My struggle with “the church” is one of the reasons we left Utah. When I remember the triangle (the actual gospel teachings at the top, middle being guidelines to make the church function and the bottom being church culture) I don’t have a problem with the Christ centered teachings at the very top of the triangle that are supposed to be the focus of the church. I start to waiver a bit when the gospel starts to blur with functioning guidelines that are written by imperfect people. And church culture for the most part is totally different outside Utah. But a lot of the weird “rules” like bishops can’t have beards, white shirts to pass the sacrament are a must (it says Sunday best), roles in meetings etc are all no where in the actual handbook they are made up cultural things. The church cultural and horrendous judgment looses me. In your writing you say church approved goodness, I’m just guessing that’s church culture approved. (I guess part of it could be temple recommend goodness which is a whole other thing) The simple teaching Jesus said love everyone and treat them kindly too is where is should stop. Not the way the song goes others will love you. You don’t do it for others to love you. You do it to be like Jesus and a decent human being. The standards of perfection and keeping up with whatever and and and just isn’t healthy. But that’s not gospel that’s culture.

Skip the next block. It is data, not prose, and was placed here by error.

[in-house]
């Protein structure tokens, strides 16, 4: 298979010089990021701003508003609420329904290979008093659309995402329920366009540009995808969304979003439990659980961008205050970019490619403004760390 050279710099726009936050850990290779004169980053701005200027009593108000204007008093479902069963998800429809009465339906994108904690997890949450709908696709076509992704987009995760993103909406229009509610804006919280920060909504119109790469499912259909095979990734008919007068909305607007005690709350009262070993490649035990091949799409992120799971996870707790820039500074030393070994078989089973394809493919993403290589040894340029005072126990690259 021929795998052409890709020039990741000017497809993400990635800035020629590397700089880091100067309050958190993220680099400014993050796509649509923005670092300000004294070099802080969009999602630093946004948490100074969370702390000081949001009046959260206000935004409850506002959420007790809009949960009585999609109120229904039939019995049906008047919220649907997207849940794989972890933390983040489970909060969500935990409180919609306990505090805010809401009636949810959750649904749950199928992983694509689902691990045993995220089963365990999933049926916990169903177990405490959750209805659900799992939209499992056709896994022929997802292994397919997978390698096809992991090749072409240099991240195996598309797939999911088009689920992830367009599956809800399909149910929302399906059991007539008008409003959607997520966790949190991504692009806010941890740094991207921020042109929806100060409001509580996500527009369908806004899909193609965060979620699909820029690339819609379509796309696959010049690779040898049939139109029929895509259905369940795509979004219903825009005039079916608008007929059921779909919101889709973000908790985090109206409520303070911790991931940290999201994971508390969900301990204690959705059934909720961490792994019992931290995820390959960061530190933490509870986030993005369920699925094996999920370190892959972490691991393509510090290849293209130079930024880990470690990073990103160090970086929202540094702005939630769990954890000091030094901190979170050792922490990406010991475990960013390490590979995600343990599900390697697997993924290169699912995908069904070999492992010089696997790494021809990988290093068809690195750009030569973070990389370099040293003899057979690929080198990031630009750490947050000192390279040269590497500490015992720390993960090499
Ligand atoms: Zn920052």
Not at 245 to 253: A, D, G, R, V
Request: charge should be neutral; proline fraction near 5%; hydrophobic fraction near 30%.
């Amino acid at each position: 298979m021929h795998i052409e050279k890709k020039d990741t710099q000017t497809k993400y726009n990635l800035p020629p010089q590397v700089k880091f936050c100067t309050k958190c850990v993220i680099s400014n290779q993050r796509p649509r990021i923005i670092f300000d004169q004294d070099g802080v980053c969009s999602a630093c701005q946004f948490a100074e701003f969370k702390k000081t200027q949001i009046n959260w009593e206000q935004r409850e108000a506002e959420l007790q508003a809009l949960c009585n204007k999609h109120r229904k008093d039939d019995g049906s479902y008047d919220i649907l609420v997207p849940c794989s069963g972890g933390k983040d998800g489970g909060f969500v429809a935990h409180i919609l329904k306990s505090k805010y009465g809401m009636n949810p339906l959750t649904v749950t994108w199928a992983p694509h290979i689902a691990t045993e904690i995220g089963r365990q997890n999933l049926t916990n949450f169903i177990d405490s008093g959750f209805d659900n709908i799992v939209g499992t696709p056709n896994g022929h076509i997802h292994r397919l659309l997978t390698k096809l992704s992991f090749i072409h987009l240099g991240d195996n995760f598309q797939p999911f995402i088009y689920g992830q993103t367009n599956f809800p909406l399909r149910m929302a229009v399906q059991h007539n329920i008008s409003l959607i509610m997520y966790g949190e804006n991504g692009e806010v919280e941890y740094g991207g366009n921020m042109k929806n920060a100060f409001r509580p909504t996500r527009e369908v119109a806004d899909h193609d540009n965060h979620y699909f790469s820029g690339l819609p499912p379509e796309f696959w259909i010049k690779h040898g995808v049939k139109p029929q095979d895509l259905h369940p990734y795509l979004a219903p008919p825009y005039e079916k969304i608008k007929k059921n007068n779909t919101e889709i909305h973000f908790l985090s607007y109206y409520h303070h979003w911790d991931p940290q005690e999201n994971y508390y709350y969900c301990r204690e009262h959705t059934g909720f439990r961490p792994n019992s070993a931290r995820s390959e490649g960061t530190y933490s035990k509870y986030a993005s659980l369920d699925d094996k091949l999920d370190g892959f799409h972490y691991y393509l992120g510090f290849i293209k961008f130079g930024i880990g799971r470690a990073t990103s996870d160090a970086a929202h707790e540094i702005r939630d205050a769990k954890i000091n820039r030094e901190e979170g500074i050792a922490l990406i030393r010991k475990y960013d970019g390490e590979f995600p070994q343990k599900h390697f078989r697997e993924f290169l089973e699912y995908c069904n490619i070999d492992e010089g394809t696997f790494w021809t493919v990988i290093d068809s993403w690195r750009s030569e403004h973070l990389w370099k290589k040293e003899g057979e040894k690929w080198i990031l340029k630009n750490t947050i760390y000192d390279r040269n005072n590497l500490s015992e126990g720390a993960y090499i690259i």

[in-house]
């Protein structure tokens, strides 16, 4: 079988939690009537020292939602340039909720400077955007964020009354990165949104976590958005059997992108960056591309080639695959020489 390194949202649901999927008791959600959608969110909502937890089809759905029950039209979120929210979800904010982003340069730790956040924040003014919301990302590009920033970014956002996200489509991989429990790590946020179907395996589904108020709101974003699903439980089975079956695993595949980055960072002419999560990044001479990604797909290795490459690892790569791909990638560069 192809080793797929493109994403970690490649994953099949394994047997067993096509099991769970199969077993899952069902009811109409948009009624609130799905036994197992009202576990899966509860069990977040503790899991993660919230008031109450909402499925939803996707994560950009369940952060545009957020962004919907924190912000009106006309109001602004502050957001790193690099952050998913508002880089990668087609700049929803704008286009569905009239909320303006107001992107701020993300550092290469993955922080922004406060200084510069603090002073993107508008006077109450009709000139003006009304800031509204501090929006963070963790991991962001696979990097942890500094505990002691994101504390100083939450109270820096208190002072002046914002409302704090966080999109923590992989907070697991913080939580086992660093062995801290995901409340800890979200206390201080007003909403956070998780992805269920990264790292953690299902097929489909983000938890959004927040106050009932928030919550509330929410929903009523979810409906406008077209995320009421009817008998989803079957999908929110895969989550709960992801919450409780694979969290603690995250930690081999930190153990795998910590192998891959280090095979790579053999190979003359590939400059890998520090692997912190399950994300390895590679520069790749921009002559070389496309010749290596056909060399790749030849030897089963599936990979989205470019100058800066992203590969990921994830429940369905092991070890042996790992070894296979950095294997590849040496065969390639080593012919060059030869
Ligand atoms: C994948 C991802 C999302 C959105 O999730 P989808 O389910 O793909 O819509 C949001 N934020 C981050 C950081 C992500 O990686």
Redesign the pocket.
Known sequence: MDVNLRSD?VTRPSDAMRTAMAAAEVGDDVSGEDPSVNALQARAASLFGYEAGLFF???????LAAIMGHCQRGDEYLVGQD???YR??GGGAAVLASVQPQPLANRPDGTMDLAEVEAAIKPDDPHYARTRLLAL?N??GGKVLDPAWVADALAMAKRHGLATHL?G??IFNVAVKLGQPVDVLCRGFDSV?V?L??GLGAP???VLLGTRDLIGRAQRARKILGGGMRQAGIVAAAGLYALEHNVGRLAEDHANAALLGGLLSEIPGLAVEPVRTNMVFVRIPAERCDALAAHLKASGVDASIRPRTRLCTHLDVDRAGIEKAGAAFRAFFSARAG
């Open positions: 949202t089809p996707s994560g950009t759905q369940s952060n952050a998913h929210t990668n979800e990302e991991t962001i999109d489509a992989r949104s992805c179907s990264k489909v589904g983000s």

When I was really deciding what I was going to do I realized I did still struggle with some of the current teachings (I really struggle with Elder Oaks, and there is a talk by a Sister about coffee that really frustrates me, and much in the past) but I didn’t struggle with the actual gospel. I didn’t struggle with the promises I made when I took the sacrament. I didn’t struggle with my relationship with my Heavenly Parents. When I quit worrying about the church culture and started remembering that the leaders are imperfect just like I am, even the apostles, not everything that comes out of their mouths is divine inspiration. I started having a better relationship with myself and my Savior. Because when I let them have some grace I let myself have more as well. It’s hard because I’m just leading my family and they are leading a world wide church. But, I started caring less about what everyone else thought at church. Because I wasn’t there for them anymore, I had made the decision to be there for me. The only person’s opinion of me that mattered was my own and my heavenly parents. There are sometimes it creeps in and I find myself worrying about stuff like I just brought a bag of chips and not some fancy homemade whatever to the linger longer. But I have to remind myself that the chips still get eaten and the time I spent doing something else was used to do something more valuable than putting on a show and let it go. I also started saying no, I don’t have the same inspiration for that calling if I don’t. Just because they are desperate doesn’t mean I can’t have boundaries.